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Discovery of Ancient Civilizations - Brian Fagan

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Discovery of Ancient Civilizations - Brian Fagan

Brian M. Fagan
University of California at Santa Barbara
Ph.D., Cambridge University


Brian M. Fagan is Professor of Anthropology at the University of California at Santa Barbara, where he has taught since 1967. Born in England, Dr. Fagan earned his B.A., M.A., and Ph.D. in archaeology and anthropology from Pembroke College, Cambridge.

Professor Fagan’s excavations in Northern Rhodesia (now Zambia) from 1959-1965 earned him recognition as a pioneer of multidisciplinary African history. He has served as Director of the Bantu Studies Project of the British Institute for Eastern Africa, Visiting Associate Professor at the University of Illinois at Urbana, and Visiting Professor at Whittier College and the University of Cape Town, South Africa.

Professor Fagan is the recipient of a Distinguished Teaching Award from the University of California at Santa Barbara. His other awards include the Public Service Award of the Society of Professional Archaeologists and the Public Education Award of the Society for American Archaeology. He was a Guggenheim Fellow in 1973.

Dr. Fagan’s many books include People of the Earth and In the Beginning, two widely used university and college textbooks in archaeology and prehistory. His other works include The Rape of the Nile, The Adventure of Archaeology, and The Little Ice Age. He also edited The Oxford Companion to Archaeology…



The biblical city of Nineveh. The Maya cities of Uxmal and Chichén Itzá. The site of Homeric Troy. King Tut's tomb. At the time of their discovery, these archaeological finds astonished the world.

And their discoverers, individuals including Austen Henry Layard, John Lloyd Stephens, Heinrich Schliemann, and Howard Carter, were archaeologists whose lives and travels were nearly as remarkable as the discoveries themselves.

Who were these adventurers?
Archaeology's Great Discoverers: Part Adventure, Part Science

Professor Brian M. Fagan takes you on your own exploration—a journey into the stories of archaeology's major historical figures and the ways they made their astonishing finds. It is a fascinating account: part Hollywood action-adventure movie, part history and science.
On one hand, our understanding of pre-industrial societies results from efforts of adventuresome but sometimes unethical and even violent men, tomb robbing, and crude excavation methods that destroyed incalculable amounts of evidence.
On the other hand, it is the product of admirable and constant dedication, the painstaking improvement of science and technique, and the steady and successful accumulation of pieces to the ongoing puzzle of who we are.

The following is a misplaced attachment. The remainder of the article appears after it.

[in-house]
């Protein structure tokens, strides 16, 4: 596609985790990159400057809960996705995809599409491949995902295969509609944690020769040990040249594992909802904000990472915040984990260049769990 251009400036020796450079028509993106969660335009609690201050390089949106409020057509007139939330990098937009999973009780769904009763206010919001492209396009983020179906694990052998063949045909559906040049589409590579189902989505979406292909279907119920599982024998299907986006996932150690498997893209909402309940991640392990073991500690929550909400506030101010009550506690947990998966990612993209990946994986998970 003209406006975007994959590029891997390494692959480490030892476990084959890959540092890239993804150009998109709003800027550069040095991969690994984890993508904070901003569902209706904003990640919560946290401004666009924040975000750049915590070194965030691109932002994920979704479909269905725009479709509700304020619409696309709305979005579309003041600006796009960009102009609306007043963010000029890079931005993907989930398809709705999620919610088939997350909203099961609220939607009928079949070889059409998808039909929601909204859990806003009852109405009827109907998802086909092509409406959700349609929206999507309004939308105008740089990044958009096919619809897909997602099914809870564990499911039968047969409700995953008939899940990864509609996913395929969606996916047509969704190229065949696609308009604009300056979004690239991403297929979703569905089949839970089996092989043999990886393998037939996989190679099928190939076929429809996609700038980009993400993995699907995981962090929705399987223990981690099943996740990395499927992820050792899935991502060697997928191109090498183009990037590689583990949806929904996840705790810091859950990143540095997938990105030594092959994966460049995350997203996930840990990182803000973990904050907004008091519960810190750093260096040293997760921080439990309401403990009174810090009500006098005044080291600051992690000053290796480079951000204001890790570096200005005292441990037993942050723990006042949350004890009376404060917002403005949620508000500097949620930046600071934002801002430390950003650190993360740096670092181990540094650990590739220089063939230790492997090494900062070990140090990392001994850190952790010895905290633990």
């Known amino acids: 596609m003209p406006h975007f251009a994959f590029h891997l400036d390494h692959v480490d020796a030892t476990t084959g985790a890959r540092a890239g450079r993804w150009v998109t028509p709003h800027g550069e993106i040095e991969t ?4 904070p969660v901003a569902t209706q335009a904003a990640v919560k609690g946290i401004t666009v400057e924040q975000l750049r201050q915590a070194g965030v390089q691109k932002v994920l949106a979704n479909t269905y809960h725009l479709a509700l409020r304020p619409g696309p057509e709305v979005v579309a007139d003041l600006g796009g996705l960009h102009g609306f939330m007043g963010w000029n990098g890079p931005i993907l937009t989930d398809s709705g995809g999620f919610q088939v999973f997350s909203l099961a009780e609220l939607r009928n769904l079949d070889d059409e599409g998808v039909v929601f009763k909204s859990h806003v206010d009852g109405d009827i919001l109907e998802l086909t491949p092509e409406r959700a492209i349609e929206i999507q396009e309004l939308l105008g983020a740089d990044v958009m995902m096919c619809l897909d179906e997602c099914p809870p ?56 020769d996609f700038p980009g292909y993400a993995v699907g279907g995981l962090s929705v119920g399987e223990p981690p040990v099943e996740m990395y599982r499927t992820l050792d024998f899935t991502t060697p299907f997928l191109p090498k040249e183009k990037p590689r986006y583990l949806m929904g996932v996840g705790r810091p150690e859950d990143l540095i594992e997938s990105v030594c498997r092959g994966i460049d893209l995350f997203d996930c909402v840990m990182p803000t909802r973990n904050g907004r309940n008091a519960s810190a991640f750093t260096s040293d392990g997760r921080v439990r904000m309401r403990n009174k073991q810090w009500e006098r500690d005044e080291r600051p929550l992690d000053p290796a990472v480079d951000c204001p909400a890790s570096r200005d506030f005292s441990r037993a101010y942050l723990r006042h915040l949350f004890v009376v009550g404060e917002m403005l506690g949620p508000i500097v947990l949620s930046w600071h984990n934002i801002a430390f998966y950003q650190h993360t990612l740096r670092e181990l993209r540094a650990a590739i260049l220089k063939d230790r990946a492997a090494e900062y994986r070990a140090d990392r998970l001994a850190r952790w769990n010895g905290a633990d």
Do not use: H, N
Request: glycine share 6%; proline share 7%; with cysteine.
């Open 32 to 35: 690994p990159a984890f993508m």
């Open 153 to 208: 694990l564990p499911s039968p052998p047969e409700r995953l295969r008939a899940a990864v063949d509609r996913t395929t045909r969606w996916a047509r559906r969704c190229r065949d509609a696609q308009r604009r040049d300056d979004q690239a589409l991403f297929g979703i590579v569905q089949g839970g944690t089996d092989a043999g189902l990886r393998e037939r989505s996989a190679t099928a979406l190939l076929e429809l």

Adventurers, Archaeologists, Scoundrels, and Geniuses

Part I of this series, "Adventurers and Archaeologists," focuses on dramatic and sensational discoverers of the 19th century, a rough-and-tumble era of archaeology surprisingly reminiscent of the film, Raiders of the Lost Ark.

Archaeologists of this period tended not to be academicians or scientists. Mostly they were diplomats, members of the military, engineers, travelers, or businessmen.

But they were exceptional in a variety of invaluable field skills such as languages, administration, and interpersonal communication.

And they had a passion, an obsession, for making new finds.

In these lectures, you will encounter such redoubtable personalities as:
Giovanni Belzoni: Egyptian Tomb Robber. A former circus strongman known as "The Patagonian Samson," Belzoni's knowledge of gunpowder, hydraulics, and levers enabled him to transport statues and other large artifacts. On collecting trips, he could influence local inhabitants either through conversation or, if necessary, by simply picking them up and shaking them. Most of the artifacts in the Egyptian Room of the British Museum are there through Belzoni's efforts.
Sir Austen Henry Layard: Old Testament Archaeologist. An English adventurer working almost singlehandedly, Layard excavated and identified the biblical city of Nineveh, and the Royal Library and Archives of the Assyrian King Assurbanipal. Layard made sensational finds, became a best-selling author and popular hero, then grew tired and left archaeology—all by the age of 35.
Heinrich Schliemann: Homeric Adventurer. Born to poverty, Schliemann was a self-made millionaire who was obsessed with proving that Homer's Iliad and Odyssey had a historical basis. Schliemann employed brutal excavation methods that severely damaged his sites, and made outrageous claims about his finds. Nevertheless, he was able to identify Homeric Troy and uncover Mycenaean civilization.